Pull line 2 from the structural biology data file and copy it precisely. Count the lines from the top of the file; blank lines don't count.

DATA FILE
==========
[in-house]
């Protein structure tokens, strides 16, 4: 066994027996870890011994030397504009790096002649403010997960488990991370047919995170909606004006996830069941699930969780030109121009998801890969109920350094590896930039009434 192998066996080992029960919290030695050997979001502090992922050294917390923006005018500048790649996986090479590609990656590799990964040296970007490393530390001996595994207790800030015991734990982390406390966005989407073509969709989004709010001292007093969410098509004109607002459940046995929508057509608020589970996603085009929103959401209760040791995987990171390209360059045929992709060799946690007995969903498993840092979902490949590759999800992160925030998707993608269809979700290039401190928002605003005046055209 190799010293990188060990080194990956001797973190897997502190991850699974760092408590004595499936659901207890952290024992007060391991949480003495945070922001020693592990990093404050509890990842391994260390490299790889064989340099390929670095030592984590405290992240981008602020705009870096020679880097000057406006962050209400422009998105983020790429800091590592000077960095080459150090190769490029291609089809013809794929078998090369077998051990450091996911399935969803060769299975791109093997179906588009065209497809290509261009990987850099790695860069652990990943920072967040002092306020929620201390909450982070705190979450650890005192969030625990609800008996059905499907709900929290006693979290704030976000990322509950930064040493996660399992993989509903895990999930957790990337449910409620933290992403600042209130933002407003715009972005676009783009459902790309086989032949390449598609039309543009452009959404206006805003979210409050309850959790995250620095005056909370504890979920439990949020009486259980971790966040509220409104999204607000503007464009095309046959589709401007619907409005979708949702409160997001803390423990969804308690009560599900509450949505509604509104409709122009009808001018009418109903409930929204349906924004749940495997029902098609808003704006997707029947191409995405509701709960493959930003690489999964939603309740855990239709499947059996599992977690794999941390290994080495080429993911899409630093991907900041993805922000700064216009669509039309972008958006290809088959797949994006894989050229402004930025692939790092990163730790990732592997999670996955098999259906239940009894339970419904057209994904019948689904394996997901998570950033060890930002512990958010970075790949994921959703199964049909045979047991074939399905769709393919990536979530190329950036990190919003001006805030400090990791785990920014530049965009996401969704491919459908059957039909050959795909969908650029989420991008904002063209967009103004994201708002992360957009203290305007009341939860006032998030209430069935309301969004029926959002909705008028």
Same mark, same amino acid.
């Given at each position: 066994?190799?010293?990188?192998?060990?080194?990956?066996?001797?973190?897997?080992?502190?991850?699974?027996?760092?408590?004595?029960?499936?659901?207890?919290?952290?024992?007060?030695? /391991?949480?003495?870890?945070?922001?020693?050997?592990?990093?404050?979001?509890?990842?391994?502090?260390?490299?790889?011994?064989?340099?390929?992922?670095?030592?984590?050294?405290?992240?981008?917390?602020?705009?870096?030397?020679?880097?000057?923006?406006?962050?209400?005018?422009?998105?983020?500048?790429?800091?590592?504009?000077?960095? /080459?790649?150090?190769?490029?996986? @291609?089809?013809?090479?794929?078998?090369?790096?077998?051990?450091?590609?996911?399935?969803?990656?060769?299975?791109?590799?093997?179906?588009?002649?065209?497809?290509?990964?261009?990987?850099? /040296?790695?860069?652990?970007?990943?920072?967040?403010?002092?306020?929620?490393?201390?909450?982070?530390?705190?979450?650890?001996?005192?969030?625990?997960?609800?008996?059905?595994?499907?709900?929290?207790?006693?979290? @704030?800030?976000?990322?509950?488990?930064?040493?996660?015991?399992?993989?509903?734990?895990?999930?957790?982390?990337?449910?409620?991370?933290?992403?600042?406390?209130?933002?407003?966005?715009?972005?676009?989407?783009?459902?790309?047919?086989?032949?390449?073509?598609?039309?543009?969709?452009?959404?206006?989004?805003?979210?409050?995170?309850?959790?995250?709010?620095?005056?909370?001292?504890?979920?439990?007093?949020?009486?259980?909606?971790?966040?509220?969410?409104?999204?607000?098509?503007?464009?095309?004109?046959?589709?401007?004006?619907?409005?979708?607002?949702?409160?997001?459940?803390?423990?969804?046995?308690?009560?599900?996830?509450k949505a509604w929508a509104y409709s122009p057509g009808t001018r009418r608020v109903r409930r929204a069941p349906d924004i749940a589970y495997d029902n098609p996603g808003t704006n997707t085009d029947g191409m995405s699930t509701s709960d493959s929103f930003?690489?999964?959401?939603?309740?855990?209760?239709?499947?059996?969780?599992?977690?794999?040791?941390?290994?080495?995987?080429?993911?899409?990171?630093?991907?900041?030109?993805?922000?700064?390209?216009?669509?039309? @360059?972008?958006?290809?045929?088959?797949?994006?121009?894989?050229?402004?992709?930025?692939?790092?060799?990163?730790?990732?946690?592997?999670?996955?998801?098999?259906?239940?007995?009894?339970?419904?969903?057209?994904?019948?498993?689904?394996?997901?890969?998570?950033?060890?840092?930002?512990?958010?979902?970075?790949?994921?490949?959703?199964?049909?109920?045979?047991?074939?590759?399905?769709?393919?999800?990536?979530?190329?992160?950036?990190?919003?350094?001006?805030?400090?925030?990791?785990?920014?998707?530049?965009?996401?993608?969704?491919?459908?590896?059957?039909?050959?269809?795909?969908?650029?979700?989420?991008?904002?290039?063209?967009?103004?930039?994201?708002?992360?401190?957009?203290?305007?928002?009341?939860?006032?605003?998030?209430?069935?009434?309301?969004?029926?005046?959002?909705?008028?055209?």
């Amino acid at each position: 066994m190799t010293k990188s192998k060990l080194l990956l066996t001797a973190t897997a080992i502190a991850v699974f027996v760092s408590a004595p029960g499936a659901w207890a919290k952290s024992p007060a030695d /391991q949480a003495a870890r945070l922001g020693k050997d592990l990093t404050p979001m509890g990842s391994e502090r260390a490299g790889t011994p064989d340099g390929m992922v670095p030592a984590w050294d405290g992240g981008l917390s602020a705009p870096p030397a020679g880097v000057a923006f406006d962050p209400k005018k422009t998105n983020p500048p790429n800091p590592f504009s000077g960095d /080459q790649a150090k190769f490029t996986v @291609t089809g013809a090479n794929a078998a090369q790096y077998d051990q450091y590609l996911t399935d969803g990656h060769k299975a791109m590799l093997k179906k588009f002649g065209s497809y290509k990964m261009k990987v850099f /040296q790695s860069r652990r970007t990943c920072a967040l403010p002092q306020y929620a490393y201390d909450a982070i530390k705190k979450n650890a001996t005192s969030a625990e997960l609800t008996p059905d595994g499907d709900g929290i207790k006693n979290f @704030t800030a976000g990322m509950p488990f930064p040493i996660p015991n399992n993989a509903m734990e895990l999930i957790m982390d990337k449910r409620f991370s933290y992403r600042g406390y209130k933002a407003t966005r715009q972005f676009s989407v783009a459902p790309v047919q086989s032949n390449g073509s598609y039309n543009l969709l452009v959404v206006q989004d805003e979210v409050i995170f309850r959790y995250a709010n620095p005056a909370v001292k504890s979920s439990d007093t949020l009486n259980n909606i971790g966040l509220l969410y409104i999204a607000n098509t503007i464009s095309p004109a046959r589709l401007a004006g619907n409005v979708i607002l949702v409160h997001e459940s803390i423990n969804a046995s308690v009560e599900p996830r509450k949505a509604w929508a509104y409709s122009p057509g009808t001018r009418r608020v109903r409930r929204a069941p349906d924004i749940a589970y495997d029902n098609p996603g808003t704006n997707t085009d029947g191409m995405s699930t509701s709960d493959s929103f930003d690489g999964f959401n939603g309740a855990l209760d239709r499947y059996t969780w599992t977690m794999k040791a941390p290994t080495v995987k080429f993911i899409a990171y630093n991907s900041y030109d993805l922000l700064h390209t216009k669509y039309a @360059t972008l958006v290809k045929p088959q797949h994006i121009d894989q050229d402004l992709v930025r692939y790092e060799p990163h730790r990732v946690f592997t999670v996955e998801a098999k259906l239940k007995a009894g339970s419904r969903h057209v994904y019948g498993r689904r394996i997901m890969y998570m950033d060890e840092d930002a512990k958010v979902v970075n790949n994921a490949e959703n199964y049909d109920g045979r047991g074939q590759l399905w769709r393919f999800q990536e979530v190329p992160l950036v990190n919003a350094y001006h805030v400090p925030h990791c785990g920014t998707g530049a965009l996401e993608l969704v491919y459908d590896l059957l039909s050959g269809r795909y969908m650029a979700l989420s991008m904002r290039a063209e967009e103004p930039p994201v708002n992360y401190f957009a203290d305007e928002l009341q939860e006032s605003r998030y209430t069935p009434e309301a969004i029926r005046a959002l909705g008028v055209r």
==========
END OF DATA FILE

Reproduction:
């Protein structure tokens, strides 16, 4: 066994027996870890011994030397504009790096002649403010997960488990991370047919995170909606004006996830069941699930969780030109121009998801890969109920350094590896930039009434 192998066996080992029960919290030695050997979001502090992922050294917390923006005018500048790649996986090479590609990656590799990964040296970007490393530390001996595994207790800030015991734990982390406390966005989407073509969709989004709010001292007093969410098509004109607002459940046995929508057509608020589970996603085009929103959401209760040791995987990171390209360059045929992709060799946690007995969903498993840092979902490949590759999800992160925030998707993608269809979700290039401190928002605003005046055209 190799010293990188060990080194990956001797973190897997502190991850699974760092408590004595499936659901207890952290024992007060391991949480003495945070922001020693592990990093404050509890990842391994260390490299790889064989340099390929670095030592984590405290992240981008602020705009870096020679880097000057406006962050209400422009998105983020790429800091590592000077960095080459150090190769490029291609089809013809794929078998090369077998051990450091996911399935969803060769299975791109093997179906588009065209497809290509261009990987850099790695860069652990990943920072967040002092306020929620201390909450982070705190979450650890005192969030625990609800008996059905499907709900929290006693979290704030976000990322509950930064040493996660399992993989509903895990999930957790990337449910409620933290992403600042209130933002407003715009972005676009783009459902790309086989032949390449598609039309543009452009959404206006805003979210409050309850959790995250620095005056909370504890979920439990949020009486259980971790966040509220409104999204607000503007464009095309046959589709401007619907409005979708949702409160997001803390423990969804308690009560599900509450949505509604509104409709122009009808001018009418109903409930929204349906924004749940495997029902098609808003704006997707029947191409995405509701709960493959930003690489999964939603309740855990239709499947059996599992977690794999941390290994080495080429993911899409630093991907900041993805922000700064216009669509039309972008958006290809088959797949994006894989050229402004930025692939790092990163730790990732592997999670996955098999259906239940009894339970419904057209994904019948689904394996997901998570950033060890930002512990958010970075790949994921959703199964049909045979047991074939399905769709393919990536979530190329950036990190919003001006805030400090990791785990920014530049965009996401969704491919459908059957039909050959795909969908650029989420991008904002063209967009103004994201708002992360957009203290305007009341939860006032998030209430069935309301969004029926959002909705008028």